Facebook is meant to represent real people and real associations; it's also meant to be safe. Many of the rules of participation on Facebook exist to uphold those two goals. This list is by no means exhaustive—there are plenty of things you can't do on Facebook, and even more that you shouldn't do.
You can't troll. Facebook is about real people and real connections. It's one thing to message a mutual friend or the occasional stranger whose Profile implies being open to meeting new people if the two of you have matching interests. However, the moment the people you contact have a problem with you sending unsolicited messages, your account is flagged; if the behavior continues, your account is deactivated.
You can't be twelve or younger.Facebook takes very seriously the U.S. law that prohibits minors under the age of 13 from creating an online Profile for themselves. This rule is in place for the safety of minors, and it's a particular safety rule that Facebook takes extremely seriously. If you or someone you know on Facebook is under 13, deactivate (or make them deactivate) the account now. If you're reported to the Facebook user operations team, your account is deleted instantly.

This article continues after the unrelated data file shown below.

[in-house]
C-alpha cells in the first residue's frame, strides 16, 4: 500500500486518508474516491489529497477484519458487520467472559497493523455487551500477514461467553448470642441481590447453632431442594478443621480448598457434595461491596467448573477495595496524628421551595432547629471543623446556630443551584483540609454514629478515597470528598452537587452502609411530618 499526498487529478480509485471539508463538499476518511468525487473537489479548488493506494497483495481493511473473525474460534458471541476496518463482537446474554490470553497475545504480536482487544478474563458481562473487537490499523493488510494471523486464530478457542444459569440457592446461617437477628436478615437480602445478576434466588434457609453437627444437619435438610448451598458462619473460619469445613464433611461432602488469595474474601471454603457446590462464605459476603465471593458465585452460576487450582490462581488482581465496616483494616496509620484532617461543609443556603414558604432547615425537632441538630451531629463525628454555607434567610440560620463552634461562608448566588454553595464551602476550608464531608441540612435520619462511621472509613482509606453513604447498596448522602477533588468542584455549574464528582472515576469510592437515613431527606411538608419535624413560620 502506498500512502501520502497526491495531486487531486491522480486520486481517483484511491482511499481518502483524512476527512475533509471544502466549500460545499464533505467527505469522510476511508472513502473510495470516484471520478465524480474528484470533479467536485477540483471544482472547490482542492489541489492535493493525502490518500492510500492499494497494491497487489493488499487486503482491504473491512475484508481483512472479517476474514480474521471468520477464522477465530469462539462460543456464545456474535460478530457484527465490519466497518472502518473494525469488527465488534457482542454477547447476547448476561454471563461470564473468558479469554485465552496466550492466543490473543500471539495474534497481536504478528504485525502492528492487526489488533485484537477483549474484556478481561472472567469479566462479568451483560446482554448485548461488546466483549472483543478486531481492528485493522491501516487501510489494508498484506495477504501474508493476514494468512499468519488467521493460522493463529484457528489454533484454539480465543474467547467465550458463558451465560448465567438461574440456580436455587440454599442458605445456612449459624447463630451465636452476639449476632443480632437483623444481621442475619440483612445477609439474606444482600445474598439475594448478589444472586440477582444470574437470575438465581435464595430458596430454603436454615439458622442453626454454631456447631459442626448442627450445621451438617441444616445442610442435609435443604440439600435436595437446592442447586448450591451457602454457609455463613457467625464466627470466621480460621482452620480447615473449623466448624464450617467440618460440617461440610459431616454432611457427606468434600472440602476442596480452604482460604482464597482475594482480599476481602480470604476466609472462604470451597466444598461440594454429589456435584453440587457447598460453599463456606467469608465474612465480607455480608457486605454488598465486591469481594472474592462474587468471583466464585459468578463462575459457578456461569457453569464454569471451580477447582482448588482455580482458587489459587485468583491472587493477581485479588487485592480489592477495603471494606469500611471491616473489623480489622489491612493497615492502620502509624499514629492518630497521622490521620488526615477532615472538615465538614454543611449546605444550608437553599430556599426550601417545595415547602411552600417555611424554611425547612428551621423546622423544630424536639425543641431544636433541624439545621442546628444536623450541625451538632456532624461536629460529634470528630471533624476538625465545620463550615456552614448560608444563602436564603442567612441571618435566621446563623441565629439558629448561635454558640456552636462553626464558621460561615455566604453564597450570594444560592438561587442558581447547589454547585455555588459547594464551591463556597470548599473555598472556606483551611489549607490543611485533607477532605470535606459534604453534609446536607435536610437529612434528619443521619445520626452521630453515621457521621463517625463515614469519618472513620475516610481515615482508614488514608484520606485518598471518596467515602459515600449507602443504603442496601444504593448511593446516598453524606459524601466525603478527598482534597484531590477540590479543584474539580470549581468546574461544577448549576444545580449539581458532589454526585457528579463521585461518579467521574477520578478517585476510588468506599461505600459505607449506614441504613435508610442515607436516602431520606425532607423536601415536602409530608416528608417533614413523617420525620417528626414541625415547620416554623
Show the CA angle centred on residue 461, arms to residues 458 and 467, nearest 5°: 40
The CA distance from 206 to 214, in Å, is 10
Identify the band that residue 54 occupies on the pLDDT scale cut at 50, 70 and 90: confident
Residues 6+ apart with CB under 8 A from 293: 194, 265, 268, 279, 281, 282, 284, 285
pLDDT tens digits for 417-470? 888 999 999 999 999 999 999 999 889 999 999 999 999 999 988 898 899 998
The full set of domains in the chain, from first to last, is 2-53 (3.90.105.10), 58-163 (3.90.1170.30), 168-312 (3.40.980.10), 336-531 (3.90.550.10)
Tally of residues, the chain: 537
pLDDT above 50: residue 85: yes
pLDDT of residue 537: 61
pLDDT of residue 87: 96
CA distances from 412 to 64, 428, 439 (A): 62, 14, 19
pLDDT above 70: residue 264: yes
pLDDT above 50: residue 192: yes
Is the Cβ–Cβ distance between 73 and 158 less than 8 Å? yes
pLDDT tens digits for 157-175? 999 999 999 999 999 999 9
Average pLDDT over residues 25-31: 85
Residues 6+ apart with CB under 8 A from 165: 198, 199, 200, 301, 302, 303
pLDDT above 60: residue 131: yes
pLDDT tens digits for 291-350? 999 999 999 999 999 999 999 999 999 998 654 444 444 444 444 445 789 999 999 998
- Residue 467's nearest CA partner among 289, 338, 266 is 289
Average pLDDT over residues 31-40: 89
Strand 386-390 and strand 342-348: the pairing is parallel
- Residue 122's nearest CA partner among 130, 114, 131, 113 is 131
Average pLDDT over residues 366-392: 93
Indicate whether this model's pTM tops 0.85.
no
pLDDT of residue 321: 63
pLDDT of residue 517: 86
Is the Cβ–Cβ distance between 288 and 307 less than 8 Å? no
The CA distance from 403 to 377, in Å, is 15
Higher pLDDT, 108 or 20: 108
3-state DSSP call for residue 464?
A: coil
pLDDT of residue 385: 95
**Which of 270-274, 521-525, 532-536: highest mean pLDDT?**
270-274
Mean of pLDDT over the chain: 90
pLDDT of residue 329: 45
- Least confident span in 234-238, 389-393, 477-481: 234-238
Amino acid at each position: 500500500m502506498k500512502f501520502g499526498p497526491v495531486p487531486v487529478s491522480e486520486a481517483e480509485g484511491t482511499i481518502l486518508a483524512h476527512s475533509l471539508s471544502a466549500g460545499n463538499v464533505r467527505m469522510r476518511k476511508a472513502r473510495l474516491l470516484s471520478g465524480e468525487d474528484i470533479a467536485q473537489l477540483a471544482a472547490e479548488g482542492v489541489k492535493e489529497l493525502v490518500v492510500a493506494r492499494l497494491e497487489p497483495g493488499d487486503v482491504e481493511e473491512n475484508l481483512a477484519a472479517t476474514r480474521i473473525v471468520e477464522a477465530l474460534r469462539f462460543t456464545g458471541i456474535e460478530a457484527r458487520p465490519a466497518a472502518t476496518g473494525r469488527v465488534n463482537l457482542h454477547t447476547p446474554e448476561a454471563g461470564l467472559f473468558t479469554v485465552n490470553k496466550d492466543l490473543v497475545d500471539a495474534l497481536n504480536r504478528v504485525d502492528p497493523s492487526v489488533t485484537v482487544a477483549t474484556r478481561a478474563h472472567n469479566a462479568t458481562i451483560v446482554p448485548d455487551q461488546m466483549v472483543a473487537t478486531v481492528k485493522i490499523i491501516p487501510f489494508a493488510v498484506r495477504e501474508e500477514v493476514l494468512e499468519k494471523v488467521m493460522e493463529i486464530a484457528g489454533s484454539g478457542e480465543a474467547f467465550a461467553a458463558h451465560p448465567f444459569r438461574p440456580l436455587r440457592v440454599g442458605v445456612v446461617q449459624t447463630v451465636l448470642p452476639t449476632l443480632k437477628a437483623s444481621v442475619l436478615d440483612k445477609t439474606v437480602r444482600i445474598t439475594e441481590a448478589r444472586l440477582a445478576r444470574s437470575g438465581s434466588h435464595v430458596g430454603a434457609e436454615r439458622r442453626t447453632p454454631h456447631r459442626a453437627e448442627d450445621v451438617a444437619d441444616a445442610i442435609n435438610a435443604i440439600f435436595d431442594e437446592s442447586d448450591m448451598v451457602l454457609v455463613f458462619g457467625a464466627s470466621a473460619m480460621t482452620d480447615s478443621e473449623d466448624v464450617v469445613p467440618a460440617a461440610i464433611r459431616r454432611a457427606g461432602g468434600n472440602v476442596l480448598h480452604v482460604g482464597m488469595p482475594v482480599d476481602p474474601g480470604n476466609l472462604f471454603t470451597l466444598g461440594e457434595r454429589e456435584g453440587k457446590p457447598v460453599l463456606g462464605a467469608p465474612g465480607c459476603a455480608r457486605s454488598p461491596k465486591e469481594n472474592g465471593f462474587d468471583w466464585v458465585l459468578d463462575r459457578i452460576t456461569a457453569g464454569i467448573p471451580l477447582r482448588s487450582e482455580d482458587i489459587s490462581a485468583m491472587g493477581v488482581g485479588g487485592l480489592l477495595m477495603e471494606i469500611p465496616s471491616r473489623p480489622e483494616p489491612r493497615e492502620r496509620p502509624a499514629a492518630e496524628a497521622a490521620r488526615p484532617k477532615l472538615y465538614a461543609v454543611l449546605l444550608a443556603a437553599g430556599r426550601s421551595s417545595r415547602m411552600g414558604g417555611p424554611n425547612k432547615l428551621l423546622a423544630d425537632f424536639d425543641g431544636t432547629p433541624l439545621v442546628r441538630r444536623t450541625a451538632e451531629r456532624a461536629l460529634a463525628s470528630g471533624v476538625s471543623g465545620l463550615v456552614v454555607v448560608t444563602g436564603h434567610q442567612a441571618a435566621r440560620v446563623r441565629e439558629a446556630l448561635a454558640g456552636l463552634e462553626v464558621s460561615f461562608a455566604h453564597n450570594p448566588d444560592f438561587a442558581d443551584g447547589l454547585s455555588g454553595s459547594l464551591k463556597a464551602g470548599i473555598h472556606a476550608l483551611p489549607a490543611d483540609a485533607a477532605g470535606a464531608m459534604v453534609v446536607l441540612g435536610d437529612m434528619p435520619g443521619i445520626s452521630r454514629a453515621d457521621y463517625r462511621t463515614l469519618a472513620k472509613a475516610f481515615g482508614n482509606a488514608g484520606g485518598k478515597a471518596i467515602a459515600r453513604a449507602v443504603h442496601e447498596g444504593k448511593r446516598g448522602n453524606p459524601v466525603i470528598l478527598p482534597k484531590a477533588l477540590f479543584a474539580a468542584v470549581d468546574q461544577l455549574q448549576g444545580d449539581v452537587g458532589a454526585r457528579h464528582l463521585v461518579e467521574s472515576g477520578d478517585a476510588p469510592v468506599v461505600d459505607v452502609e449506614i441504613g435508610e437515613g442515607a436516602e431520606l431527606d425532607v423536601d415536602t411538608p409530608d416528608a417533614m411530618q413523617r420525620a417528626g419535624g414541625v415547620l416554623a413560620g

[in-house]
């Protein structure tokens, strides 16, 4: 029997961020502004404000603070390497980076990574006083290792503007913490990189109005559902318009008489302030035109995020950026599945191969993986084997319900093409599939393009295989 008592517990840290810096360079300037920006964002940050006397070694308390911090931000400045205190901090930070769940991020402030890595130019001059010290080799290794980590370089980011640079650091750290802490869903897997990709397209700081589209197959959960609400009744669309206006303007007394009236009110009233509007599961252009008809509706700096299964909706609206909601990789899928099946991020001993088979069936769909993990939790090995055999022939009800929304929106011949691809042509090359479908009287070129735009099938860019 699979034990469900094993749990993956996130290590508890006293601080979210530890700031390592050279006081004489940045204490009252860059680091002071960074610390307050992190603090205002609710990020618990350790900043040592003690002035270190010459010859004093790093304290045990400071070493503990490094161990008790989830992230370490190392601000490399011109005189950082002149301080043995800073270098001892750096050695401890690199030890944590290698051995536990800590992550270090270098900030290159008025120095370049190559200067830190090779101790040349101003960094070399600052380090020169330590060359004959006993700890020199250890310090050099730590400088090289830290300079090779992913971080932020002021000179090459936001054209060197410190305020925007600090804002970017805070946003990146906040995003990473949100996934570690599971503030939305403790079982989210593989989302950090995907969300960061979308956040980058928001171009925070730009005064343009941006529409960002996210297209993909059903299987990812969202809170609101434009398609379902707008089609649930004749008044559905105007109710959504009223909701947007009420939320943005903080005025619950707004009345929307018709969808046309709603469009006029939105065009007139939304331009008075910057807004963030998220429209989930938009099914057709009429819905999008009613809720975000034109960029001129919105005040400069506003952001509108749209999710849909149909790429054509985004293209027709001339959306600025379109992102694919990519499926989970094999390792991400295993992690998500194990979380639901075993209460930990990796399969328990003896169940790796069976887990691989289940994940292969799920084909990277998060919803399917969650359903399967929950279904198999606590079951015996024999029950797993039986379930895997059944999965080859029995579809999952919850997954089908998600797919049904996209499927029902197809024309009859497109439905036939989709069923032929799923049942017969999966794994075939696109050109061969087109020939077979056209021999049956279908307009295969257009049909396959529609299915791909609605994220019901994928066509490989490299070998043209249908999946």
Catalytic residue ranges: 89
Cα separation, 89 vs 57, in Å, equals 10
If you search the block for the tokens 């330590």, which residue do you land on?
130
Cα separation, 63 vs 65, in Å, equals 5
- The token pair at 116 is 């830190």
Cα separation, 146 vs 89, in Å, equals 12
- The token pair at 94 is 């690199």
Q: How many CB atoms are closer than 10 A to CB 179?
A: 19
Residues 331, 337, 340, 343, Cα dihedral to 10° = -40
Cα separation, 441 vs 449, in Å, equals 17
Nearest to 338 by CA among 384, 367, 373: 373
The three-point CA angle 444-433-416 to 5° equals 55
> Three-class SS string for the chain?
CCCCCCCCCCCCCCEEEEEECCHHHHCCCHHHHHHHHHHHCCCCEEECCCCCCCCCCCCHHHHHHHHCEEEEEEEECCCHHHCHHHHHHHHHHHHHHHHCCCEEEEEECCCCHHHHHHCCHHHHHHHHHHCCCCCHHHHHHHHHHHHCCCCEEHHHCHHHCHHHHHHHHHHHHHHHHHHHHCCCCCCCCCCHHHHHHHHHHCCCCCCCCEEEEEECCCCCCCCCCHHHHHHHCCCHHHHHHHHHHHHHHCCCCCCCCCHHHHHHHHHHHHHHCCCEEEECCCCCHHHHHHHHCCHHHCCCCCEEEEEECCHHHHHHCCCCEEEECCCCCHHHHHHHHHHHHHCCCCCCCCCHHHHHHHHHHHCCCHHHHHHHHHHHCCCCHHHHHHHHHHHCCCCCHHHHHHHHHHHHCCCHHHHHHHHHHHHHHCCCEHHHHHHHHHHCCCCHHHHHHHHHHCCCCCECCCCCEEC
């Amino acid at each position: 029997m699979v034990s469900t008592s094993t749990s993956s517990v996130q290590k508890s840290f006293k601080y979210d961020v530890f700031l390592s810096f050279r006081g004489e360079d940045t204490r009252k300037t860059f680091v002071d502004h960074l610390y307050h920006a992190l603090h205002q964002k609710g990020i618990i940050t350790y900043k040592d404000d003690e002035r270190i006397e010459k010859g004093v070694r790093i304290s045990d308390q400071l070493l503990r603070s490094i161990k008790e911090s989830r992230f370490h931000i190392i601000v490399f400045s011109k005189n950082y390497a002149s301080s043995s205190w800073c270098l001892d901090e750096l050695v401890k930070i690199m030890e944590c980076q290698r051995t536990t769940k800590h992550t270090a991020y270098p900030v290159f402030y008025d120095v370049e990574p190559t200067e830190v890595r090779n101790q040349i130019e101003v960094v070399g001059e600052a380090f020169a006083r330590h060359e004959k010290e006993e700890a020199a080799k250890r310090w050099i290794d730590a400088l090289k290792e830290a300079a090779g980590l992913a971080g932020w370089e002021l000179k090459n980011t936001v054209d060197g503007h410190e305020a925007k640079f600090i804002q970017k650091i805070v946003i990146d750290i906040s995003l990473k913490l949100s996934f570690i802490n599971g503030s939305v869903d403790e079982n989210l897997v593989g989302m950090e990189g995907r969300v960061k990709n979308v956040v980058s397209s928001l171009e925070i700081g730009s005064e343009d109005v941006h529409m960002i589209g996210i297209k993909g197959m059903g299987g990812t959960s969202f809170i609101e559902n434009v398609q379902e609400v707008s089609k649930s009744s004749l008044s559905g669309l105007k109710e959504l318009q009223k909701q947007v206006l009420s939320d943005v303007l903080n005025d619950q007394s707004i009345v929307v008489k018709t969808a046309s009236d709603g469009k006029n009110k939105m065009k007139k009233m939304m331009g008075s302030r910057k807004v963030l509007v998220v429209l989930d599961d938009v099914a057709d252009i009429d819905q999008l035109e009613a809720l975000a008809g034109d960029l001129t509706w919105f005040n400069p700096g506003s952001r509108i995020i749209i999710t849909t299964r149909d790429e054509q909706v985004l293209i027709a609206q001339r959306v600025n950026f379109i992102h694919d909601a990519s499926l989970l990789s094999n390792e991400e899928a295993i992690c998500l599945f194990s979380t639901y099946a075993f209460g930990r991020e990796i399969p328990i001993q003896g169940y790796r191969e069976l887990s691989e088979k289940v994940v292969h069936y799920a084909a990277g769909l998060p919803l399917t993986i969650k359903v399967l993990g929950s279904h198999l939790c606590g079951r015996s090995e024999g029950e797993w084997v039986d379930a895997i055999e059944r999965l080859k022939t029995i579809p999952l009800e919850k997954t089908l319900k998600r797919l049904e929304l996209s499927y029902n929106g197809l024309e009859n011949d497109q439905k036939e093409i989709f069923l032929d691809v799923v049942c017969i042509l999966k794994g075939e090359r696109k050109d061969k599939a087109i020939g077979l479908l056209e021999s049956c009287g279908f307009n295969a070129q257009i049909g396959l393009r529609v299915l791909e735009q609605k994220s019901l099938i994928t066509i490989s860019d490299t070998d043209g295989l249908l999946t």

You can't upload illegal content. Respecting United States law is something Facebook has to do regardless of its own position on pornography (where minors can see it), copyrighted material, hate speech, depictions of crimes, and other offensive content. However, doing so is also in line with Facebook's value of being a safe, happy place for all people (older than the age of 12). Don't confuse this with censorship; Facebook is all about freedom of speech and self-expression, but the moment you compromise anyone's safety or break any law, disciplinary action is taken. (c) by Suzanne Havala Hobbs from Living Dairy-Free for Dummies
to be on - быть онлайн, to sign up - зарегистрироваться, to sign in / to log in - войти/залогиниться...
более двух десятков выражений в посте * действия в социальных сетях.